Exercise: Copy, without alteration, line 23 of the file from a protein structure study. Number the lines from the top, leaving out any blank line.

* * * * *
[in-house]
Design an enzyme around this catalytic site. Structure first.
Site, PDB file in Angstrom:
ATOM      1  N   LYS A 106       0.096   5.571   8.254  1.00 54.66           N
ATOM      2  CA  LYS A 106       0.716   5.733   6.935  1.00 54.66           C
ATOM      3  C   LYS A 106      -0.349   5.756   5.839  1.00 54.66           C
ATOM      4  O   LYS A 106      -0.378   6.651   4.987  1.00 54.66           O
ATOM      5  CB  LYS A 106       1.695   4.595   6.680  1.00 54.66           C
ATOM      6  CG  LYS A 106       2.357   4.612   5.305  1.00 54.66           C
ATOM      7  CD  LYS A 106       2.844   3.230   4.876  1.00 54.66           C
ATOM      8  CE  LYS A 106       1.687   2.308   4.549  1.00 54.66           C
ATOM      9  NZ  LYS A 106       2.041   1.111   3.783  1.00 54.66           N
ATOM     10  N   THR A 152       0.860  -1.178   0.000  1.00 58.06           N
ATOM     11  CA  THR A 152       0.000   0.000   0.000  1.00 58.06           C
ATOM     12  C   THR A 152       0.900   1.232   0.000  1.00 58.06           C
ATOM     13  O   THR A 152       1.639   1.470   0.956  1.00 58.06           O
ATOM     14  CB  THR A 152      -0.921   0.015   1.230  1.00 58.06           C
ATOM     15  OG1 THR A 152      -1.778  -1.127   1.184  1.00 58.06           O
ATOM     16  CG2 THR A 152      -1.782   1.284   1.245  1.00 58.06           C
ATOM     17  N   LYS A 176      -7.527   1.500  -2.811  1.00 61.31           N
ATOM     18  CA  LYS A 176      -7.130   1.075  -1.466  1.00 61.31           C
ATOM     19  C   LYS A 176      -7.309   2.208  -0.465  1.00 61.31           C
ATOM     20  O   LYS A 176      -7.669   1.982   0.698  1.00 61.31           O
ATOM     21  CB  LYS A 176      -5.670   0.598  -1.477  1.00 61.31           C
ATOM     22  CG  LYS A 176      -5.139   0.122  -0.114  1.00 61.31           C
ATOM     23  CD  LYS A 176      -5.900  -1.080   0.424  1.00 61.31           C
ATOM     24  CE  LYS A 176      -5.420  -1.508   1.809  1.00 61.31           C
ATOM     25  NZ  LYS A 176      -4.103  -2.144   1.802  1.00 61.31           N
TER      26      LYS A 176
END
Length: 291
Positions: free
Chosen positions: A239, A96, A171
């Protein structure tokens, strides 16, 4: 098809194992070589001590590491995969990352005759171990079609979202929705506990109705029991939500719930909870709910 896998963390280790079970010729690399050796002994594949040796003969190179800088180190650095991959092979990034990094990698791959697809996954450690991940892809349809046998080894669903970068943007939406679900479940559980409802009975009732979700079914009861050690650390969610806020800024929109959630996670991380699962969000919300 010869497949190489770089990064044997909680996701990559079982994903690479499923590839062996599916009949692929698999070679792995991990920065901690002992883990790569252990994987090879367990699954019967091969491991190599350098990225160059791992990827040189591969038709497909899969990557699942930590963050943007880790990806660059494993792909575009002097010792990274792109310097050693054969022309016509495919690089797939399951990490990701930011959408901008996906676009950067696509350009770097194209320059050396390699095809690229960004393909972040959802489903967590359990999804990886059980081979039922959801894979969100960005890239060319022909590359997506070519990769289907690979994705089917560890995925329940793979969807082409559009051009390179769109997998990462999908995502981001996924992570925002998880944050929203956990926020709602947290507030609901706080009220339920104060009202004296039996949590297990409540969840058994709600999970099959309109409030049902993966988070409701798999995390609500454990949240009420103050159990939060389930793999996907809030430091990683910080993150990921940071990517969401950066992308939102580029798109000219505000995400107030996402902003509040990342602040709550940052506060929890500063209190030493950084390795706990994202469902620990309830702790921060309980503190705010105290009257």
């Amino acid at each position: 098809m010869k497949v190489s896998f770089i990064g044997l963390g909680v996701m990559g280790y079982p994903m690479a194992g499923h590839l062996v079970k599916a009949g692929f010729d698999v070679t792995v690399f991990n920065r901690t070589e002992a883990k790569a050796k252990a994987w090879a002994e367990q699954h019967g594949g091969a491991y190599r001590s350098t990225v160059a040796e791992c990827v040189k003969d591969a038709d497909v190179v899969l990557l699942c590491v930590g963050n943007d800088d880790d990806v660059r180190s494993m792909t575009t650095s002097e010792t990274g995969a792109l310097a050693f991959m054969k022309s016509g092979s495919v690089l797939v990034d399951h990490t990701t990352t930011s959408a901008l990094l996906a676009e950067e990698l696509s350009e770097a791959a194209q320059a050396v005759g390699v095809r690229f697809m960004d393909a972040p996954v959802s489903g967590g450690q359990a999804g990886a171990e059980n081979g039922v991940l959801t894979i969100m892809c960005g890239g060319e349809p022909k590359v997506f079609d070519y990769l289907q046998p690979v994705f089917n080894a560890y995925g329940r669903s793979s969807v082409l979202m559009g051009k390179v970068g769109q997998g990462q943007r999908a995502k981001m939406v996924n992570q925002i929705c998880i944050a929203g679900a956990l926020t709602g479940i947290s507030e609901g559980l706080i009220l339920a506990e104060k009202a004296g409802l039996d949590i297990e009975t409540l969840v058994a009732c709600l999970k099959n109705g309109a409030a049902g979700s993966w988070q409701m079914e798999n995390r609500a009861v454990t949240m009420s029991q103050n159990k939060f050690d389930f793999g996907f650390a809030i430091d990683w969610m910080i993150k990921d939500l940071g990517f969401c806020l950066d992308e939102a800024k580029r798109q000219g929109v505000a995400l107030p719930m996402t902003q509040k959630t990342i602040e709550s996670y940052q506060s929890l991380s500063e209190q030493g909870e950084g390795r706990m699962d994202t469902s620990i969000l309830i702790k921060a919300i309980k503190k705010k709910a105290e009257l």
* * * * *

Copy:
ATOM     20  O   LYS A 176      -7.669   1.982   0.698  1.00 61.31           O